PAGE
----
— -- The maker of Tide liquid laundry packets denied suggestions that it will discontinue the product because of the dangerous online “Pods Challenge” in which participants record themselves with the item in their mouths.
“It's a complete hoax,” the Proctor & Gamble brand tweeted just before midnight in response to a “Mr Bleach,” who asked whether it was true that the company would stop selling the item after Feb. 1.
“Pods are used safely by millions of households across the country every day,” the company response continued, after several other Twitter users had also asked the question. “We will continue to offer liquid laundry packets, together with other detergent forms.”
Doctors have issued warnings about ingesting the detergent, saying it contains ingredients that could lead to critical injuries. Some challenge participants have been seen foaming at the mouth or coughing frantically after consuming them.
“They contain dangerous chemicals that, if ingested, can lead to life-threatening breathing problems, damage to the esophagus from the corrosive ingredients, burns, blood pressure changes, gastrointestinal problems and neurological symptoms, including loss of consciousness,” Dr. Sarang Koushik, a resident in ABC News' medical unit, said this week.
The American Association of Poison Control Centers (AAPCC) also issued a warning about the “laundry packet challenge.”
In a statement released last Tuesday, the association said it was aware of at least 39 cases where people between the ages of 13 and 19 had deliberately consumed detergent pods in the first 15 days of the new year. That compares with 53 cases reported for all of 2017, according to the AAPCC.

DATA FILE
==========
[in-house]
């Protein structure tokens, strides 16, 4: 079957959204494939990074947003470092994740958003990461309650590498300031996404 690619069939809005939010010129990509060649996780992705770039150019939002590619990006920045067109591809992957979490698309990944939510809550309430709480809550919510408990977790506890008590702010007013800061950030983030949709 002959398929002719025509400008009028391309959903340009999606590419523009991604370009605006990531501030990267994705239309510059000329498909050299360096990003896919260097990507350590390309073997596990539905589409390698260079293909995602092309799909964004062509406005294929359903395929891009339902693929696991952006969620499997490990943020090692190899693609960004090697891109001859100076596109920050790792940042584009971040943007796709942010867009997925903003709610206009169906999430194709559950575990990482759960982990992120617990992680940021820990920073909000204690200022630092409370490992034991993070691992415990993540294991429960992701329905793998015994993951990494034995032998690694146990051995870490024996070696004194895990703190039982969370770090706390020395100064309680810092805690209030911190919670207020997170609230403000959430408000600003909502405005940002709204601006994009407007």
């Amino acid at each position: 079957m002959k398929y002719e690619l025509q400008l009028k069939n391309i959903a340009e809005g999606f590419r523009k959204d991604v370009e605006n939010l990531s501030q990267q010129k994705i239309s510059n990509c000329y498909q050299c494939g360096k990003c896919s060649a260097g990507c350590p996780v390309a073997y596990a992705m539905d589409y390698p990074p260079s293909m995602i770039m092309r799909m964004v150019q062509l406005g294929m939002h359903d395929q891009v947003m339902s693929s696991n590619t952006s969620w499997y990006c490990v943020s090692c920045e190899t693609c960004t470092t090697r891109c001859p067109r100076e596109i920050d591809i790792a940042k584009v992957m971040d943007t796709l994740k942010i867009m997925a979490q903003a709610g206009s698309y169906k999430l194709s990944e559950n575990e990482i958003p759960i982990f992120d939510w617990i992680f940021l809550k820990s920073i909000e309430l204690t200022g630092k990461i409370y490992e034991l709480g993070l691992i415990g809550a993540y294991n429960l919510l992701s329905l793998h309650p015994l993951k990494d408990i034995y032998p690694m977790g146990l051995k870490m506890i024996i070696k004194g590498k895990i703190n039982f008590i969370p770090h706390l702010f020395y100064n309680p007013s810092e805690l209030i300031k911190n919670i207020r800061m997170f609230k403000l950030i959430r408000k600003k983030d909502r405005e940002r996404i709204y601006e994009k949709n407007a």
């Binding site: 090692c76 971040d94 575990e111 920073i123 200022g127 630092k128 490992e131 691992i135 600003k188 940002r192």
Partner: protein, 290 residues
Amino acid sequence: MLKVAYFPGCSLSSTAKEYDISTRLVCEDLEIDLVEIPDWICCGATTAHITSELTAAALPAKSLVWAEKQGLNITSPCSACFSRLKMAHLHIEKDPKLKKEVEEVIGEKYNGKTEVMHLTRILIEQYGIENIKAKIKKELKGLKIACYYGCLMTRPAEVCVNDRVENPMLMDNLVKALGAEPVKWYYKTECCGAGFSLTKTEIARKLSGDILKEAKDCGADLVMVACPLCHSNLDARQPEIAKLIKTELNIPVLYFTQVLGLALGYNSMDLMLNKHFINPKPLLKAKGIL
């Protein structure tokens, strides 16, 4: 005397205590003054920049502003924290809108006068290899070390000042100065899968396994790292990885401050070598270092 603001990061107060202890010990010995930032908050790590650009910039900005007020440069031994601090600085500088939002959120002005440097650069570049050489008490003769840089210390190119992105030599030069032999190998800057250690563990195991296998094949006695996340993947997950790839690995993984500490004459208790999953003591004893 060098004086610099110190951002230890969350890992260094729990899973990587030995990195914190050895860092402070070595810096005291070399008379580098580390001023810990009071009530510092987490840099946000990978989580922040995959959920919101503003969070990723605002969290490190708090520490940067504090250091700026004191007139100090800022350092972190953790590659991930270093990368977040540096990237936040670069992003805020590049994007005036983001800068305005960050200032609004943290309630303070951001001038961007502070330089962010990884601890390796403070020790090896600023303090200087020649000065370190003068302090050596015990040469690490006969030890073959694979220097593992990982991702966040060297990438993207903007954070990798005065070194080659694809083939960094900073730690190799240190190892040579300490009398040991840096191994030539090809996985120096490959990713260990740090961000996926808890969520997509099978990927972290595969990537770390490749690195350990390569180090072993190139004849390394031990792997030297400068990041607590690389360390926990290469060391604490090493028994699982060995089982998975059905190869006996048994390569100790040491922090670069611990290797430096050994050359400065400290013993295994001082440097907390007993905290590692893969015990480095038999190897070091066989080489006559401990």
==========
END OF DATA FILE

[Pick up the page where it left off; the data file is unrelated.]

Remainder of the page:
It did not single out Tide in its statement but said warned against “potential poison exposure to single-load laundry packets."
The Internet craze has also caught the attention of Procter & Gamble, Tide’s manufacturer, which recently launched a campaign to warn consumers that “eating a Tide Pod is a bad idea.”
“As a father, seeing recent examples of young people intentionally take part in self-harming challenges like ingesting large amounts of cinnamon or the so-called ‘Tide Pods Challenge’ is extremely concerning,” Procter & Gamble CEO David Taylor wrote in a statement Monday. ”Let’s all take a moment to talk with the young people in our lives and let them know that their life and health matter more than clicks, views and likes.
“Please help them understand that this is no laughing matter,” he added.
Taylor said the company has taken a number of measures to stop the dangerous trend and promised to remove videos that glorified the challenge from is social media networks.